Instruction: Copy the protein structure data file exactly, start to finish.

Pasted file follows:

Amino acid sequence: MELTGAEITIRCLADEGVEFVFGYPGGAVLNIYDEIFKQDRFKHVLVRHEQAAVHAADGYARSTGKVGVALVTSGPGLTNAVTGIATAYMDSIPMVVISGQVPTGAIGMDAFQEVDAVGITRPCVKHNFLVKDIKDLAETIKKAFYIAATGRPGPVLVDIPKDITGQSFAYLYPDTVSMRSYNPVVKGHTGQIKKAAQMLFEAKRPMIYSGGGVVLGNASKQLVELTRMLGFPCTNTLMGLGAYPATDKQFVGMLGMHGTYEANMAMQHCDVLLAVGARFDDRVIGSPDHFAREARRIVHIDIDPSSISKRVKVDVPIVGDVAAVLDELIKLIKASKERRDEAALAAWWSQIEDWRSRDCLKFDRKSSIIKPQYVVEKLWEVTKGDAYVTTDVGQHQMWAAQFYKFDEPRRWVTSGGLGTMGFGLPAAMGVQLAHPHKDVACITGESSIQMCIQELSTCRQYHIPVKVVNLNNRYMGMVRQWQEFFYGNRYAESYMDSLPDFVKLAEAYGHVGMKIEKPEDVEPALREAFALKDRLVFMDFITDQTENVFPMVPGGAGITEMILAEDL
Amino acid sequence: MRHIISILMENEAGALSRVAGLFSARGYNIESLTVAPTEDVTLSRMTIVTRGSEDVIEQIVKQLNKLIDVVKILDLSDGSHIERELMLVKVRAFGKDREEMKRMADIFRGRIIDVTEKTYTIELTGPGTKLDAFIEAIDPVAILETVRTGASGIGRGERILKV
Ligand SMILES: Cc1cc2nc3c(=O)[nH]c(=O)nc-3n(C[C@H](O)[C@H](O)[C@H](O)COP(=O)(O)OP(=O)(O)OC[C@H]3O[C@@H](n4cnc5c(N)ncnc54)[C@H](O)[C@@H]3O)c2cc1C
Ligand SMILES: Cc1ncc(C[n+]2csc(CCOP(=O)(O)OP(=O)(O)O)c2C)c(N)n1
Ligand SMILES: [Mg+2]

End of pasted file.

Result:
Amino acid sequence: MELTGAEITIRCLADEGVEFVFGYPGGAVLNIYDEIFKQDRFKHVLVRHEQAAVHAADGYARSTGKVGVALVTSGPGLTNAVTGIATAYMDSIPMVVISGQVPTGAIGMDAFQEVDAVGITRPCVKHNFLVKDIKDLAETIKKAFYIAATGRPGPVLVDIPKDITGQSFAYLYPDTVSMRSYNPVVKGHTGQIKKAAQMLFEAKRPMIYSGGGVVLGNASKQLVELTRMLGFPCTNTLMGLGAYPATDKQFVGMLGMHGTYEANMAMQHCDVLLAVGARFDDRVIGSPDHFAREARRIVHIDIDPSSISKRVKVDVPIVGDVAAVLDELIKLIKASKERRDEAALAAWWSQIEDWRSRDCLKFDRKSSIIKPQYVVEKLWEVTKGDAYVTTDVGQHQMWAAQFYKFDEPRRWVTSGGLGTMGFGLPAAMGVQLAHPHKDVACITGESSIQMCIQELSTCRQYHIPVKVVNLNNRYMGMVRQWQEFFYGNRYAESYMDSLPDFVKLAEAYGHVGMKIEKPEDVEPALREAFALKDRLVFMDFITDQTENVFPMVPGGAGITEMILAEDL
Amino acid sequence: MRHIISILMENEAGALSRVAGLFSARGYNIESLTVAPTEDVTLSRMTIVTRGSEDVIEQIVKQLNKLIDVVKILDLSDGSHIERELMLVKVRAFGKDREEMKRMADIFRGRIIDVTEKTYTIELTGPGTKLDAFIEAIDPVAILETVRTGASGIGRGERILKV
Ligand SMILES: Cc1cc2nc3c(=O)[nH]c(=O)nc-3n(C[C@H](O)[C@H](O)[C@H](O)COP(=O)(O)OP(=O)(O)OC[C@H]3O[C@@H](n4cnc5c(N)ncnc54)[C@H](O)[C@@H]3O)c2cc1C
Ligand SMILES: Cc1ncc(C[n+]2csc(CCOP(=O)(O)OP(=O)(O)O)c2C)c(N)n1
Ligand SMILES: [Mg+2]